Breaking the Appalachian Barrier

Maryland as the Gateway to Ohio and the West, 1750–1850

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About the Book

In 1750 the Appalachian Mountains were a formidable barrier between the British colonies in the east and French territory in the west, passable only on foot or horseback. It took more than a century to break the mountain barrier and open the west to settlement.
In 1751 a private Virginia company pioneered a road from Maryland to Ohio, challenging the French and Indians for the Ohio country. Several wars stalled the road, which did not start in earnest until after Ohio became a state in 1803. The stone-paved Cumberland Road—from Cumberland, Maryland, to Wheeling, Virginia—was complete by 1818 and over the next 30 years was traversed by Conestoga wagons and stagecoaches. The Baltimore and Ohio Railroad—the first general purpose railroad in the world—started in Baltimore in the 1820s and reached Wheeling by 1852, uniting east and west.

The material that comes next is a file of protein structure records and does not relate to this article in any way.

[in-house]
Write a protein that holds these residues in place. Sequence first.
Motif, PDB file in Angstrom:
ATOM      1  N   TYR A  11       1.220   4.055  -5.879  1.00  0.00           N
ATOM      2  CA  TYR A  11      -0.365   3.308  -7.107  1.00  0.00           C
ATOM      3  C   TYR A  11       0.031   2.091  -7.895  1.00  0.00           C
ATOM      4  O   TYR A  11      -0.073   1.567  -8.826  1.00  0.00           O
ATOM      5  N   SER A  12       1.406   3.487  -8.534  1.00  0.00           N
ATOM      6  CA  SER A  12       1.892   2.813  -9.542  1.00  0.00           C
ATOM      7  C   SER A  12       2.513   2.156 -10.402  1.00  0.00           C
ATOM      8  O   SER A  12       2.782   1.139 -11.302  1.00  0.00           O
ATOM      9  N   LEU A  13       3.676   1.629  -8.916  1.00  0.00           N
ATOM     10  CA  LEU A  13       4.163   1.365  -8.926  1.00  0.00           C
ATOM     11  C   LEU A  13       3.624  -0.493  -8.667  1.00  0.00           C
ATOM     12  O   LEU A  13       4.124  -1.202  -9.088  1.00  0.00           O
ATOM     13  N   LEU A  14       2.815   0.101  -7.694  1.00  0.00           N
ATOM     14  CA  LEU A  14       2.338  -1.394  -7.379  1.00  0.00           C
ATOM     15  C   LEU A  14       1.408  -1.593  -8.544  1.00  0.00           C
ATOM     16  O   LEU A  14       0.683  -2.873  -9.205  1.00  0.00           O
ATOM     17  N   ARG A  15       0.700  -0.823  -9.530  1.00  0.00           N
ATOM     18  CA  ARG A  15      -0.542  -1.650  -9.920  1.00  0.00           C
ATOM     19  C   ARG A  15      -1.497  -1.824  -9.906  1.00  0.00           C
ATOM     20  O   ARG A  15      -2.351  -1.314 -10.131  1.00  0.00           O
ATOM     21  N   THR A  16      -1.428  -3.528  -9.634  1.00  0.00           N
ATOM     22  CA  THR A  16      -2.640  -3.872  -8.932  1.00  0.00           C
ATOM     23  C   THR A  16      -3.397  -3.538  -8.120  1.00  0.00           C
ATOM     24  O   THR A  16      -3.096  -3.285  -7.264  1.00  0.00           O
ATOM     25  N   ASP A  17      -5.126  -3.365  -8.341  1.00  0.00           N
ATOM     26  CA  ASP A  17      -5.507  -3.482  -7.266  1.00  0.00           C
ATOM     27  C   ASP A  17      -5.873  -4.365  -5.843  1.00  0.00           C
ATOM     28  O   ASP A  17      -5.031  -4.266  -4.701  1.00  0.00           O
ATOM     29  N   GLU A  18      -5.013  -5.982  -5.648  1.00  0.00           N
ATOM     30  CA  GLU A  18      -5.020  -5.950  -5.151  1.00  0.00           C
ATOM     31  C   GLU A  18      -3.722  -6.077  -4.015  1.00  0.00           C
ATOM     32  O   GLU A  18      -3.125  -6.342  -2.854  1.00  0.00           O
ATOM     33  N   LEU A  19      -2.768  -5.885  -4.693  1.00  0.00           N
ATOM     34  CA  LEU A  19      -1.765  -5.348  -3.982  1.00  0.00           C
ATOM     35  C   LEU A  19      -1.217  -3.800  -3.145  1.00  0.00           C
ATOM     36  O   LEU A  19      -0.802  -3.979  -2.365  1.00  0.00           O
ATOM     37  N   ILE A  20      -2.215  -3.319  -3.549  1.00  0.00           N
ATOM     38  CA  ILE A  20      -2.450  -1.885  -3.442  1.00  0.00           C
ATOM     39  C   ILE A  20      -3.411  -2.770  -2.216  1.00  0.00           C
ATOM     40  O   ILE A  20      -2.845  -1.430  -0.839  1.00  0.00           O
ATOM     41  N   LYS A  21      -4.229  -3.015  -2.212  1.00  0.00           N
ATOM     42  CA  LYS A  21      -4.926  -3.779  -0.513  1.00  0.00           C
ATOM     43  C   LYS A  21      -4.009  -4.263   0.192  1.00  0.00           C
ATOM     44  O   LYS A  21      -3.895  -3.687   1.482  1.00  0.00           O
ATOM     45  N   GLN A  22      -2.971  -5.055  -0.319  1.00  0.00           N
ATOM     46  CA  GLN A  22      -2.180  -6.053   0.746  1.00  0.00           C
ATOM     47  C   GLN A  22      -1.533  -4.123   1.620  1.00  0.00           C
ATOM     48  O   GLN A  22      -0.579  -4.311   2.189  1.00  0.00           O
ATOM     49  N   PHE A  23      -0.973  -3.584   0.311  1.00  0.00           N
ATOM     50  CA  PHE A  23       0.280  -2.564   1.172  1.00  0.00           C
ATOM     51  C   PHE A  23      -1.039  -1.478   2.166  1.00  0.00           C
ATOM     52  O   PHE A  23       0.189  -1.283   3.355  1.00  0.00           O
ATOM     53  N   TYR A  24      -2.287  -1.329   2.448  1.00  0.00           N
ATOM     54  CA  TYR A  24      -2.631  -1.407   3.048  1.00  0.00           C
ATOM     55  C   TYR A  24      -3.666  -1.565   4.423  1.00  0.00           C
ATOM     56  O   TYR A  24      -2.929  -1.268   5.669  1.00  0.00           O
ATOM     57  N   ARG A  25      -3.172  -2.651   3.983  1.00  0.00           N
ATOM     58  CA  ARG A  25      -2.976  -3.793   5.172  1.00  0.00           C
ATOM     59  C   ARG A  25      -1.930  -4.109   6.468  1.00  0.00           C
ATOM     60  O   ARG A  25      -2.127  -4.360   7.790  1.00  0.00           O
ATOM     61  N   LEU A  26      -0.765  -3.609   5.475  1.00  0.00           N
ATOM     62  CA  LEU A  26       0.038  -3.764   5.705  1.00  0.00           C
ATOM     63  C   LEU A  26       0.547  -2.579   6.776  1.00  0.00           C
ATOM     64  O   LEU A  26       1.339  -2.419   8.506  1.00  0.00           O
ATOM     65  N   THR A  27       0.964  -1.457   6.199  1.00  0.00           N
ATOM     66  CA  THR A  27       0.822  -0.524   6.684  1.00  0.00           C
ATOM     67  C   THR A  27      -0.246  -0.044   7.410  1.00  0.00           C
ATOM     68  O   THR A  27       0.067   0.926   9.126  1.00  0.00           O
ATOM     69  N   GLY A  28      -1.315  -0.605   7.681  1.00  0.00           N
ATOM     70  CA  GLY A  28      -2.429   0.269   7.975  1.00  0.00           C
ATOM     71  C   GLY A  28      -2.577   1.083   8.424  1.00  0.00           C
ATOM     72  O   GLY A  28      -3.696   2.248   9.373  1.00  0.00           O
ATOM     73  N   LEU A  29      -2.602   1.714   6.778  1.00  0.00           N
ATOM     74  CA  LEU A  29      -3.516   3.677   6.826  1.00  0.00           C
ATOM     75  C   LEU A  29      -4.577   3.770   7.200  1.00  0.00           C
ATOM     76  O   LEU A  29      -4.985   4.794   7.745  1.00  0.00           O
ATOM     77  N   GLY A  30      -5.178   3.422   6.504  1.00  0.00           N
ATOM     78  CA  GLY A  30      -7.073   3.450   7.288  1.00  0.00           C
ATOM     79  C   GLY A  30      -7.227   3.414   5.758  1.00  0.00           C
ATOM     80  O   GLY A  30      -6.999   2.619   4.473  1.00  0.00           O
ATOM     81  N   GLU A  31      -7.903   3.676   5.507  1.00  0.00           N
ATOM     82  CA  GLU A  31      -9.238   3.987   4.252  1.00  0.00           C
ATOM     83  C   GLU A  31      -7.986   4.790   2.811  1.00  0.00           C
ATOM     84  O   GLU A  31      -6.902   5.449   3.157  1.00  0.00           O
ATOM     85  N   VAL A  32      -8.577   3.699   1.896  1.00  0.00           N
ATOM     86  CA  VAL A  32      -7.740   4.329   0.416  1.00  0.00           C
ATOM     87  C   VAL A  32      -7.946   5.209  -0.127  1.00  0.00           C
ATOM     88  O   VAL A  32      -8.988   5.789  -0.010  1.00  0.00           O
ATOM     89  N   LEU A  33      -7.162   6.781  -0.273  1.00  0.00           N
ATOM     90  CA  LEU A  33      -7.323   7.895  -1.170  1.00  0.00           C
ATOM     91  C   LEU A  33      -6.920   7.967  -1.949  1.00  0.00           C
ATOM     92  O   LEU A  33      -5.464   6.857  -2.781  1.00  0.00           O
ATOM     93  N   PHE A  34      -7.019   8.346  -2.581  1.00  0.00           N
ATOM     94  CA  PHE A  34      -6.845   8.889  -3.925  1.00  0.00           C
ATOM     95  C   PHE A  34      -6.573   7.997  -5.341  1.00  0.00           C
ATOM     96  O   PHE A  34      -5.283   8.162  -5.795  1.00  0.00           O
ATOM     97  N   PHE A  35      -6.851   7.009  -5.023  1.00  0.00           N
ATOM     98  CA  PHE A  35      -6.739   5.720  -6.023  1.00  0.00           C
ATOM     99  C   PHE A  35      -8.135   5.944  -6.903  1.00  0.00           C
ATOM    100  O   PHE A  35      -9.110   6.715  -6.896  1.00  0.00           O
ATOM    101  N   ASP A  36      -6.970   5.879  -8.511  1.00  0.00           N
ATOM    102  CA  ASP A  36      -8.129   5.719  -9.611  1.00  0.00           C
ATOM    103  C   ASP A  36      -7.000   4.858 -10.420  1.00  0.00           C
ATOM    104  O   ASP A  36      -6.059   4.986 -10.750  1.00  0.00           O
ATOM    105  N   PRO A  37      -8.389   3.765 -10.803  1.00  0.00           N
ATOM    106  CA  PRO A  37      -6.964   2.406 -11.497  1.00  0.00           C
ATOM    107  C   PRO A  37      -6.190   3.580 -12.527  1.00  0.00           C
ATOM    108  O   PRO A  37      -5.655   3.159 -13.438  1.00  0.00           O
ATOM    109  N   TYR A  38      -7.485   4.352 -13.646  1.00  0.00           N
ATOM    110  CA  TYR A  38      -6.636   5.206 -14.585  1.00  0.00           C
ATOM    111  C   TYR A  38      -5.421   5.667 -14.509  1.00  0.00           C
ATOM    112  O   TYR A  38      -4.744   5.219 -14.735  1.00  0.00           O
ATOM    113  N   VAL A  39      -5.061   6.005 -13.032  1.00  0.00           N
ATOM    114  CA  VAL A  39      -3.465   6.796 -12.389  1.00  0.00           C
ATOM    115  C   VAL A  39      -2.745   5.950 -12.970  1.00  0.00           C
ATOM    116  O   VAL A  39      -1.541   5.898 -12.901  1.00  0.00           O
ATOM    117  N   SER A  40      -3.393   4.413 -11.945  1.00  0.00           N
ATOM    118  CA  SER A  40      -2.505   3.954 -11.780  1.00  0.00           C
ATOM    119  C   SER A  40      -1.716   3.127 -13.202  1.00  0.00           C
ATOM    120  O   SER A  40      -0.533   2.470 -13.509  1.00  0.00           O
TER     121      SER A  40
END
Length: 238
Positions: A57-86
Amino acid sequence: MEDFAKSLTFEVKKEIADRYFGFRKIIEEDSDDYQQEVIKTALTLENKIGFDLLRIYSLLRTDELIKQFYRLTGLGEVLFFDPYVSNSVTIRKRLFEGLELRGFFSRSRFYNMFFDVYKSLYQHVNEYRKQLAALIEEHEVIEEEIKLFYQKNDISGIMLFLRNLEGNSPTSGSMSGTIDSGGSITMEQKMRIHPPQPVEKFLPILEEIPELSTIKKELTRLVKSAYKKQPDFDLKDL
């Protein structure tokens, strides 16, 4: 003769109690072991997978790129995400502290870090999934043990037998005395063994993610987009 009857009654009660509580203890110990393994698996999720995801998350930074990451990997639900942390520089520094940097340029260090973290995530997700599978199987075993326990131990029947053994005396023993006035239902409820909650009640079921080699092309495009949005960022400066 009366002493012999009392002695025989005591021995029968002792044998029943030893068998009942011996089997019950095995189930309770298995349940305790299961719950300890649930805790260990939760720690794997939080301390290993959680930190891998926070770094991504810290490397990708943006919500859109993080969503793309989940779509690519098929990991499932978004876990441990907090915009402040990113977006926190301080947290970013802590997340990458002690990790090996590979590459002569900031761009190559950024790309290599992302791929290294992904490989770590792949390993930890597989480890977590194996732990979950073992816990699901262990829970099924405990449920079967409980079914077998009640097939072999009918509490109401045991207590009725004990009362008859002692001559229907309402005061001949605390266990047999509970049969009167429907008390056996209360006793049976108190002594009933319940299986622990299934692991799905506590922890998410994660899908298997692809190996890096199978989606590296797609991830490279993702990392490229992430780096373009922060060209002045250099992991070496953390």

About the Author(s)

John Hrastar had a 50-year career in the aerospace industry, most of it with NASA. He now researches and writes on history. He lives in Silver Spring, Maryland.

Bibliographic Details

John Hrastar
Format: softcover (7 x 10)
Pages: 263
Bibliographic Info: 17 maps, notes, bibliography, index
Copyright Date: 2018
pISBN: 978-1-4766-7044-7
eISBN: 978-1-4766-3039-7
Imprint: McFarland

Table of Contents

Acknowledgments  vi
List of Maps  viii
Preface  1
Introduction  3
One ◆ Setting the Stage  11
Two ◆ Maryland to 1750  34
Three ◆ Competition for the Ohio Country  60
Four ◆ The War Years  92
Five ◆ The Changing West  120
Six ◆ The Waterway West  145
Seven ◆ Maryland as the Gateway to Ohio  170
Eight ◆ The Iron Link Between Maryland and Ohio  210
Chapter Notes  227
Bibliography  243
Index  249